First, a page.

Today, from 2:00 -3:30pm in Room 3416, this year’s visiting students will present their current dissertation research:

Irene Campolmi, Aarhus University/Louisiana Museum of Modern Art; 2014-15 Fulbright Fellow:
“The Art Museum of the 21st Century: Thinking Sustainable Narratives for Curating”

Francesco Guzzetti, Scuola Normale Superiore, Pisa; 2014-15 CIMA Fellow:
“Arte Povera beyond “Arte Povera”: Art in Turin, 1970-1975″

Natalie Keppler, University of Berne; 2014-15 Fulbright Fellow:
“Re-Constructed Communion: Instituting a Community within Christop Schlingensief’s Installation”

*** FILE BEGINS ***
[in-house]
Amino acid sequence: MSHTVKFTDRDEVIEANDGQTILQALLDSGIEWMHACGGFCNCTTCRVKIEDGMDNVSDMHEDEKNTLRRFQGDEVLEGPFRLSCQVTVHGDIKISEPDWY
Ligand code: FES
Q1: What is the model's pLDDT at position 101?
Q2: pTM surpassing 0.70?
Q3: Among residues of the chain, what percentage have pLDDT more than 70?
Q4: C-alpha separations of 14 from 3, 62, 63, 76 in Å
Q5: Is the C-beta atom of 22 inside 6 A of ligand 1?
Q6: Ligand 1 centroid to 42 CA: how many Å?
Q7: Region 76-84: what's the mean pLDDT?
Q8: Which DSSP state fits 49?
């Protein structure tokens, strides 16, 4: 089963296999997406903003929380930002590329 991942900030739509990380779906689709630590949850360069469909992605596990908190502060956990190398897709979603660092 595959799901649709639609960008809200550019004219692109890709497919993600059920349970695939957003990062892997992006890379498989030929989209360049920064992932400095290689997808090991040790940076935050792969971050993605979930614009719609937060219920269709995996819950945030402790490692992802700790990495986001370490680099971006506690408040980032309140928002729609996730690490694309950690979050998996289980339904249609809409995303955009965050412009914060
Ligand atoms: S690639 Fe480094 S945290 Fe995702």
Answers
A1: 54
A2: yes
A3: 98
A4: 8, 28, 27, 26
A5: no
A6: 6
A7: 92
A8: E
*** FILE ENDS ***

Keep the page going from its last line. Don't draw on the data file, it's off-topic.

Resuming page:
Wednesday: Left Coast for Teachers Workshop with Hallie Scott

Left Coast Hallie Scott

How can activist/political artwork be used as a teaching tool in the classroom?

On April 22nd at 5:00 pm, join PhD candidate Hallie Scott in the James Gallery for a workshop on ways that teachers can use the works in Left Coast: California Political Art as catalysts for discussions of contemporary (or historic) political, social, and cultural issues and events. Although the workshop is centered on artworks currently on view, the tactics for employing political art as a pedagogical tool are meant to apply to topics beyond the show’s contents. In this sense, the program will address how artworks can connect to contemporary events and reveal challenges to the present political and social order. The workshop is geared towards teachers at the undergraduate and high school level, but participants may be anyone interested in using political artwork as a teaching tool.